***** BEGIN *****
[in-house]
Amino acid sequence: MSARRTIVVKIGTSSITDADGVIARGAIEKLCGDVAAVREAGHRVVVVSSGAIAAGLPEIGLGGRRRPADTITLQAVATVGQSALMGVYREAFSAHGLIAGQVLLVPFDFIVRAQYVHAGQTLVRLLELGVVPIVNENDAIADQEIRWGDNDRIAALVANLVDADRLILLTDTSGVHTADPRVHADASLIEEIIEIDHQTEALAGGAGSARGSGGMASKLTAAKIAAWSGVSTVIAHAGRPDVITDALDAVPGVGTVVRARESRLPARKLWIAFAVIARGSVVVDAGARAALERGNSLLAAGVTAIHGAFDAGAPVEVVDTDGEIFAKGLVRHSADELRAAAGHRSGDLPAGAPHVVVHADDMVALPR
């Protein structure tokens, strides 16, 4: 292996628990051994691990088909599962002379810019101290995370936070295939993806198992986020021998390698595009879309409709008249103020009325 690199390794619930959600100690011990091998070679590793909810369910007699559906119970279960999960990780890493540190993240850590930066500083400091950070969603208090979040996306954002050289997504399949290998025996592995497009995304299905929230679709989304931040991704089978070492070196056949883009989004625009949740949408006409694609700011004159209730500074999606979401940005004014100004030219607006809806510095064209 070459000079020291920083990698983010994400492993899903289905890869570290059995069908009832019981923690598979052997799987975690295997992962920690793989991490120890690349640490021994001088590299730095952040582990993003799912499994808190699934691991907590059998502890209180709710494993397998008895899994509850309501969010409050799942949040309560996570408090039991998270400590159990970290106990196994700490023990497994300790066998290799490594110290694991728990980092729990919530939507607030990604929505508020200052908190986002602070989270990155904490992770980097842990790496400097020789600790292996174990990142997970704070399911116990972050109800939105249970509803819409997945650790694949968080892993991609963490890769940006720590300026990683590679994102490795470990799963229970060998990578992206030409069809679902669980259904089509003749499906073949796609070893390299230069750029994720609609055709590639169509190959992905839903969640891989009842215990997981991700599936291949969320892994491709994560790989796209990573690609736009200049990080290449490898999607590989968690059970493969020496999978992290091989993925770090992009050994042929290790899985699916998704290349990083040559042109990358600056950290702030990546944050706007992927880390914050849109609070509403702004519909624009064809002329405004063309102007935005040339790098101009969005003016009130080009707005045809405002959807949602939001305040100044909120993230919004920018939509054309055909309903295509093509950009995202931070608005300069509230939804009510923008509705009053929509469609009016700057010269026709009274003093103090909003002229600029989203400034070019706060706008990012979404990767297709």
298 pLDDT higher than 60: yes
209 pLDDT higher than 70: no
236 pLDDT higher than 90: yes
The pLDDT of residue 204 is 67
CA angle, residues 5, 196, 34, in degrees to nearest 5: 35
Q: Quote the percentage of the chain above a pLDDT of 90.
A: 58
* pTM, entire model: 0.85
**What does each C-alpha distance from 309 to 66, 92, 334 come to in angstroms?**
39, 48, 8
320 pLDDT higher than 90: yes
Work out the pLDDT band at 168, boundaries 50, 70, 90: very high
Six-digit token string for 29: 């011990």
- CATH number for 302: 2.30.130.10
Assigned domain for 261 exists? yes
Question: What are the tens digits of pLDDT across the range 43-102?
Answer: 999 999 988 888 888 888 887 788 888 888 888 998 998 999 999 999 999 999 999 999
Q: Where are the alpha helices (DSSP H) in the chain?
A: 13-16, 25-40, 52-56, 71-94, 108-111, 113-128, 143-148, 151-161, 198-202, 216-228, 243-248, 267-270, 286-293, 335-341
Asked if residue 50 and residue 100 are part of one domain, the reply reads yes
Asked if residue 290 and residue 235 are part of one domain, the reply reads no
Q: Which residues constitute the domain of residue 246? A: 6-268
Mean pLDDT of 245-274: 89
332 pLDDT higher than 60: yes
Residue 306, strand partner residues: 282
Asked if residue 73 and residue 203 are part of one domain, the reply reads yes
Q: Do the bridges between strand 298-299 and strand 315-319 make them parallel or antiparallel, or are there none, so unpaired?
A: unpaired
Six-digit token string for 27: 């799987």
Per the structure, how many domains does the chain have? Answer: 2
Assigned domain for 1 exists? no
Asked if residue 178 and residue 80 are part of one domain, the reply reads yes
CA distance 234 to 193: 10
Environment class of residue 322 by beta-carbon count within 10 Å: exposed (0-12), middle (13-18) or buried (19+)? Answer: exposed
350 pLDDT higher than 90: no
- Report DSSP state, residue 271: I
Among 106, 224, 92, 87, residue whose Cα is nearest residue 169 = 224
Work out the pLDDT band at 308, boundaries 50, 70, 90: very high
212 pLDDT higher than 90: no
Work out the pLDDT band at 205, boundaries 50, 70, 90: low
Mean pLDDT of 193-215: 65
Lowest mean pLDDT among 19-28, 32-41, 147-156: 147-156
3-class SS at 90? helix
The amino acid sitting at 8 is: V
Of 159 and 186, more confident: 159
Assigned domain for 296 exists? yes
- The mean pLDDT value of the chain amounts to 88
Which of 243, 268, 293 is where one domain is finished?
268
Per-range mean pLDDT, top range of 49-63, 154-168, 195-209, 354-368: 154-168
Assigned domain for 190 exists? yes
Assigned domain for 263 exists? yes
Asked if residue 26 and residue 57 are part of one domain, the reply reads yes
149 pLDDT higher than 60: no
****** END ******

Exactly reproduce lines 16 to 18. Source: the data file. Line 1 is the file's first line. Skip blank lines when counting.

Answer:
Six-digit token string for 29: 């011990």
- CATH number for 302: 2.30.130.10
Assigned domain for 261 exists? yes